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younger-- and innocent, much more innocent than i was then. >> rose: cruz's ability to play both innocence and sensuality caught hollywood's attention. in the '90s, she moved to los angeles, where she was cast over the next seven years in a string of big-budget but lackluster american films with top directors and big name actors, including "all the pretty horses," with matt damon; "captain correlli's mandolin," with nicholas cage; and "vanilla sky," with tom cruise. they had a well-publicized three-year relationship. tell me about him, what he meant to you at that time. >> cruz: i don't feel comfortable talking about that. all i could tell you is that he's a very, very good person whose only intention, i think, is really to help others. and i think he's been treated in a way that, you know, sometimes has been a little bit unfair.
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>> rose: in what way? >> cruz: i really don't want to get into it with more detail. >> rose: but she has no problem talking about her great friendship and professional relationship with director pedro almodovar. they have known each other for almost 20 years and have made four critically acclaimed movies together, including the recently released "broken embraces." "vanity fair" celebrated their collaboration by asking them to pose for the magazine's latest hollywood issue. he says she's his muse; she's says he's her mentor. both agree almodovar relaunched cruz's career, which had stalled out in hollywood, when he gave her the lead in the spanish film "volver" in 2006. >> cruz: it opened a lot of new doors. >> rose: it also showed you what you could do. >> cruz: it's emotionally and in every way more demanding than most of the characters that i played before that point.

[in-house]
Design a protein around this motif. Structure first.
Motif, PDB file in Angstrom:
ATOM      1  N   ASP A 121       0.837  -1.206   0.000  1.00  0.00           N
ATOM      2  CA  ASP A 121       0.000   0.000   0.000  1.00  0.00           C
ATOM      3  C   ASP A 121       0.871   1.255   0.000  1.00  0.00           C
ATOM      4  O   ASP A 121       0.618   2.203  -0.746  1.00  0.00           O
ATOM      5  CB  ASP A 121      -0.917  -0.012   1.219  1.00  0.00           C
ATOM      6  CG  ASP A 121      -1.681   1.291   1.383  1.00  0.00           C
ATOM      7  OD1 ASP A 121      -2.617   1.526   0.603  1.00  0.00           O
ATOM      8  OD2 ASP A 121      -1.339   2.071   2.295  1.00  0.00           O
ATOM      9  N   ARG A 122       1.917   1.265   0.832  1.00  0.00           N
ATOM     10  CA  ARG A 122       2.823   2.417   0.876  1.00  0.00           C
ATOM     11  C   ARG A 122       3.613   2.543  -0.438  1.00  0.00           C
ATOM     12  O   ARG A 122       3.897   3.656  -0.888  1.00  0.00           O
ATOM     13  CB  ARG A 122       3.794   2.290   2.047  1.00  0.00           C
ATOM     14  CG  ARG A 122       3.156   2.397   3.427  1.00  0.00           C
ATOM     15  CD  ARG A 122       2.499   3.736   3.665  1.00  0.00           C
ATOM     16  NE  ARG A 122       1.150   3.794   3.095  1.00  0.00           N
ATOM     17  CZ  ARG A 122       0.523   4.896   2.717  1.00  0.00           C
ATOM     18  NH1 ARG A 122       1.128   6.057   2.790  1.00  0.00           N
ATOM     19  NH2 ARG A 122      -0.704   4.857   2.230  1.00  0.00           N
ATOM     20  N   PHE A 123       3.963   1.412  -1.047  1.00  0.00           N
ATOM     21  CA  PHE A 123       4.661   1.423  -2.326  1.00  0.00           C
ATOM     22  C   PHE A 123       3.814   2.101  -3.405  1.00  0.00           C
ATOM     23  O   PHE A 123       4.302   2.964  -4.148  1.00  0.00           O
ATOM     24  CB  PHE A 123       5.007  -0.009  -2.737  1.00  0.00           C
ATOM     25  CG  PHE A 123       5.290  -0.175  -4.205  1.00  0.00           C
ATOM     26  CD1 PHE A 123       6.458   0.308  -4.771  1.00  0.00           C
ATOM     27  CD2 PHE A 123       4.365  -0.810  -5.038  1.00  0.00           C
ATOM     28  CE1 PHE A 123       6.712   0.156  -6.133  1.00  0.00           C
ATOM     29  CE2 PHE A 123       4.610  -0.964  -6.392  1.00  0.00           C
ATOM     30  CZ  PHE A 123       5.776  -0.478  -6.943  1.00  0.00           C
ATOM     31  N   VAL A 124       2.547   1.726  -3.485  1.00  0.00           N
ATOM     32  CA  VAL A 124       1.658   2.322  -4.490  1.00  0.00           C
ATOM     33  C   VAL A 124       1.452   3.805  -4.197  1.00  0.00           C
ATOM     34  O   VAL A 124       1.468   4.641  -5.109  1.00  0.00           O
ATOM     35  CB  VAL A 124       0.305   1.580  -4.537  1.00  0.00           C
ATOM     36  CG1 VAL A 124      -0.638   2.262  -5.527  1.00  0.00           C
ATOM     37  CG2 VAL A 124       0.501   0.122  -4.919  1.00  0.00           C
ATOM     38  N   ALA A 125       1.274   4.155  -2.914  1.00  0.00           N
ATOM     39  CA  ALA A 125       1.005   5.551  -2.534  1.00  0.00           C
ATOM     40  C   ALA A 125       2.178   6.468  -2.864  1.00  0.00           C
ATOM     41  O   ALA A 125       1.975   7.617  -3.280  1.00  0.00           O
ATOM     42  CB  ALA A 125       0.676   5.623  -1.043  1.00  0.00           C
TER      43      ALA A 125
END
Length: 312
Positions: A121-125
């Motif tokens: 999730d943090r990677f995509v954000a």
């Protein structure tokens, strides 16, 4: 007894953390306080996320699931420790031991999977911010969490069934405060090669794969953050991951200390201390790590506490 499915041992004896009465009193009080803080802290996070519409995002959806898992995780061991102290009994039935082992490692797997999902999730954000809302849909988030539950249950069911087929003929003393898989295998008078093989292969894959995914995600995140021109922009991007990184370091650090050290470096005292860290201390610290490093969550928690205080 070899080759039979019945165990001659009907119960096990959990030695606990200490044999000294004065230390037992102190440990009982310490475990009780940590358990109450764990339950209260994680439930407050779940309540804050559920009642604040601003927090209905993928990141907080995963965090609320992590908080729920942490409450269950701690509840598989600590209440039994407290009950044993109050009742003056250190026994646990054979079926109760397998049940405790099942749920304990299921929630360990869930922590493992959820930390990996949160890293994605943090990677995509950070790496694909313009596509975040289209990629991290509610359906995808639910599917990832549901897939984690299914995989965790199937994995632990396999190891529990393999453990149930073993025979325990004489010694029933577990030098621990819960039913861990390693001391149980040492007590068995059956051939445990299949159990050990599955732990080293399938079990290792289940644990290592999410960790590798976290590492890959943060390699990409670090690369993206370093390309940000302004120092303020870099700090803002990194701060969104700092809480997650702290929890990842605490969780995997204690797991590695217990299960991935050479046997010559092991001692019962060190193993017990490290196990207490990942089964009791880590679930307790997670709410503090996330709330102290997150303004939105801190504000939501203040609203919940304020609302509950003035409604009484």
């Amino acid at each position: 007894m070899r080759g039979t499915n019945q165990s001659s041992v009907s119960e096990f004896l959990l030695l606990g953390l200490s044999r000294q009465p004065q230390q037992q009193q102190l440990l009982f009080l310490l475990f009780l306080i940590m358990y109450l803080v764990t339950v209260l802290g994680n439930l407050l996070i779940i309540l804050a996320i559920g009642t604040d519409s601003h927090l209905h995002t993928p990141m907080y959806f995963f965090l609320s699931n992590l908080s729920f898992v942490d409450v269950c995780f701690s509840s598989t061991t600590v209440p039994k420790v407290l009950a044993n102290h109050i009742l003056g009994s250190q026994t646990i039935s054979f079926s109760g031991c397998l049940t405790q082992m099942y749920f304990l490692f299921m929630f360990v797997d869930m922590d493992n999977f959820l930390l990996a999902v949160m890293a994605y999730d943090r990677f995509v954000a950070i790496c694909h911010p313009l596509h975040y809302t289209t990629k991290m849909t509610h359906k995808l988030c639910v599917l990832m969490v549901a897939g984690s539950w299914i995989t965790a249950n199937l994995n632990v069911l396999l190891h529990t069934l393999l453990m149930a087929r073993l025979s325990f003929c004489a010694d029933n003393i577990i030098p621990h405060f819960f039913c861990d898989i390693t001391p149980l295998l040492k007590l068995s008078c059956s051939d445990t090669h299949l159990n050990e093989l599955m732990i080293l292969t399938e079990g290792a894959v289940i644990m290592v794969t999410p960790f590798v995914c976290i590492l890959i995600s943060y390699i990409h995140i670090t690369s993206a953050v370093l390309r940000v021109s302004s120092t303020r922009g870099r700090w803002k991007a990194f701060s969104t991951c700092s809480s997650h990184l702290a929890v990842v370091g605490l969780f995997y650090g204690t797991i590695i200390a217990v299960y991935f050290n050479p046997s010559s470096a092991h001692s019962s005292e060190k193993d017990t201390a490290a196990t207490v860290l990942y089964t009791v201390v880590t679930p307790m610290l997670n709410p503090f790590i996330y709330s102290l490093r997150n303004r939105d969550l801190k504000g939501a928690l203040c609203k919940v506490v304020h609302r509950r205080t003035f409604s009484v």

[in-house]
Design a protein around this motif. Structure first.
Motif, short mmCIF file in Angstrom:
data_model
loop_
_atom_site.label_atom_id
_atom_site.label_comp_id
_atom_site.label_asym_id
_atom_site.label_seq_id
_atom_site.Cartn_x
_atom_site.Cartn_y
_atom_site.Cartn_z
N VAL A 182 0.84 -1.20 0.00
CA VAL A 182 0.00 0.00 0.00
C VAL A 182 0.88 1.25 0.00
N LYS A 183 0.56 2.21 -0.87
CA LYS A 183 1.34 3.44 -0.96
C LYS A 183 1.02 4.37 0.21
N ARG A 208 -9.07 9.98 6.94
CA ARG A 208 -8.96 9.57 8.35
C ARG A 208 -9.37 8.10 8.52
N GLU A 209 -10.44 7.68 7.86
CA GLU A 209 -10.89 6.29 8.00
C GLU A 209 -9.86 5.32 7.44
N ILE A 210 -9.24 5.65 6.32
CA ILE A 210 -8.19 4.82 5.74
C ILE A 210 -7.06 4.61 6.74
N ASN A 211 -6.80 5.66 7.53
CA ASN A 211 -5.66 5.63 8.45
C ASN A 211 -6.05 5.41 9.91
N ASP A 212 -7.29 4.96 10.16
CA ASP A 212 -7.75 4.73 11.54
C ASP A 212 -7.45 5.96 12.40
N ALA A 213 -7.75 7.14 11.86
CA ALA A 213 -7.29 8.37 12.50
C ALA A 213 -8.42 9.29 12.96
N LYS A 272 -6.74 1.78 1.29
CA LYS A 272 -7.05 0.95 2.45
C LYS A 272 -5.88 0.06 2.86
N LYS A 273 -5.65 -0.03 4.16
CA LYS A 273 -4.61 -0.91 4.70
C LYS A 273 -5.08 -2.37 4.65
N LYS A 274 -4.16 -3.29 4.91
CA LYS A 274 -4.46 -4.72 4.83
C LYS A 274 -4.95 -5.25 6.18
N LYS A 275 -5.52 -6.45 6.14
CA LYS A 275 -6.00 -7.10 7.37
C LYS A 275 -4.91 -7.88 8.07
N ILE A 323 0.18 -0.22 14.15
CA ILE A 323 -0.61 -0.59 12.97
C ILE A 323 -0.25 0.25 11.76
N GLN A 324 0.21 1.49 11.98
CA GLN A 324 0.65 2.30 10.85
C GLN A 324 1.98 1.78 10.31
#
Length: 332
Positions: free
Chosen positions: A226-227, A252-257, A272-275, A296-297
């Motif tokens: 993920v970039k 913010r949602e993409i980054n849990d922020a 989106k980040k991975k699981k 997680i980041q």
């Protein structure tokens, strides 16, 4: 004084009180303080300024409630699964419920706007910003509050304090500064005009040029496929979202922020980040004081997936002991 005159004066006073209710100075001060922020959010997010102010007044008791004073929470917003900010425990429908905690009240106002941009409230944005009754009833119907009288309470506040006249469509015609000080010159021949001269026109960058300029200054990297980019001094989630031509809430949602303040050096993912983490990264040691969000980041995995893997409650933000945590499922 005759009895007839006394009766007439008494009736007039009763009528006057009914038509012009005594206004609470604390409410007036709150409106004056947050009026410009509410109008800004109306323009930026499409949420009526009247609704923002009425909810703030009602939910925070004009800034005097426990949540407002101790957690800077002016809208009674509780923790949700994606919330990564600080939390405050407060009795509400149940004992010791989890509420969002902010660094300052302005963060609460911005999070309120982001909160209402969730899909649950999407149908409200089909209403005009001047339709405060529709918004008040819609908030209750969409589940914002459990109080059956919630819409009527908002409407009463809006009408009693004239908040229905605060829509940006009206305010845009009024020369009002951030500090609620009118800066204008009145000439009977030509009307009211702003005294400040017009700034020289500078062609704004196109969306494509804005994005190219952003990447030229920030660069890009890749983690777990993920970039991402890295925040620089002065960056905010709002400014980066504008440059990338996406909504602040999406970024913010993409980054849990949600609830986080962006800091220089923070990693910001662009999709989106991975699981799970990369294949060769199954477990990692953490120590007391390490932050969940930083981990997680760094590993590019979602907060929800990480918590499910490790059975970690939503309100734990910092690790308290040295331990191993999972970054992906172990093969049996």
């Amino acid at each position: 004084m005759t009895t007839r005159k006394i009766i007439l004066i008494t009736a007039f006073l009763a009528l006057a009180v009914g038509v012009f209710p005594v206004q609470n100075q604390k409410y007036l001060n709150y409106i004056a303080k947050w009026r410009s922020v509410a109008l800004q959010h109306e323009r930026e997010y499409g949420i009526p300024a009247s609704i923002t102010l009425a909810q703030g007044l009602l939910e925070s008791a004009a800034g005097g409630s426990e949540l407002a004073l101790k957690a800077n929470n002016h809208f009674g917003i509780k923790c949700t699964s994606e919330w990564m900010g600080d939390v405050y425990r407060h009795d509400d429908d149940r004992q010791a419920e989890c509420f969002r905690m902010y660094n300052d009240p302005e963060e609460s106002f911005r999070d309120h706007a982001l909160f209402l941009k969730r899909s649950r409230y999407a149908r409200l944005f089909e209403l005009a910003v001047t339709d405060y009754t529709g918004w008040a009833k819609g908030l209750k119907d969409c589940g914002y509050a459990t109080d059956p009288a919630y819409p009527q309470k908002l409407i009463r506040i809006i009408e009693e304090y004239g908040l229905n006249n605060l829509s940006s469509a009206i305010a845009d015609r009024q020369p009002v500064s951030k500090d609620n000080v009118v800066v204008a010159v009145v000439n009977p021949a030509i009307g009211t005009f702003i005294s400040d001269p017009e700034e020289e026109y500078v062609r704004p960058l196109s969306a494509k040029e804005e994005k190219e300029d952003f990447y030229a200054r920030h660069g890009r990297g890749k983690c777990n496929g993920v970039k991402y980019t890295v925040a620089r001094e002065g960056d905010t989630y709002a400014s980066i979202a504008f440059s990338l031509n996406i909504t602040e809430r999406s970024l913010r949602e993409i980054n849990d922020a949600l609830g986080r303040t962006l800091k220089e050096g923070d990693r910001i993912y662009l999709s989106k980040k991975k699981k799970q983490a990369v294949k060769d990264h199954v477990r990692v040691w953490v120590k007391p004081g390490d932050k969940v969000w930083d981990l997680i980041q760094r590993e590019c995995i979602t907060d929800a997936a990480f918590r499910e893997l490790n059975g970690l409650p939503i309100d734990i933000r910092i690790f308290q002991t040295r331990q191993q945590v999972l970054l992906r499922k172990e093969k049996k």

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>> rose: though the movie was in spanish, her earthy, expressive performance proved to american critics that cruz had the range and the talent-- no matter what the language-- to win an academy award nomination for best actress. it was a vindication for cruz, who has struggled for years to be more than just the beautiful girl. however, her sensuality is an essential part of her appeal. it's always there. other actresses have had it. sophia lauren had it. tell me about you and this sexuality. it's in your d.n.a. >> cruz: i never felt, "oh, i think i look good" or... i always tend to be more in the insecure side. and i thought that has always been a way to protect myself, because i don't trust the good feelings that can come from that. >> rose: the good feelings that come from knowing you're beautiful and sexy and... you don't trust it? >> cruz: no. >> rose: you know it's there. you know it. you feel it.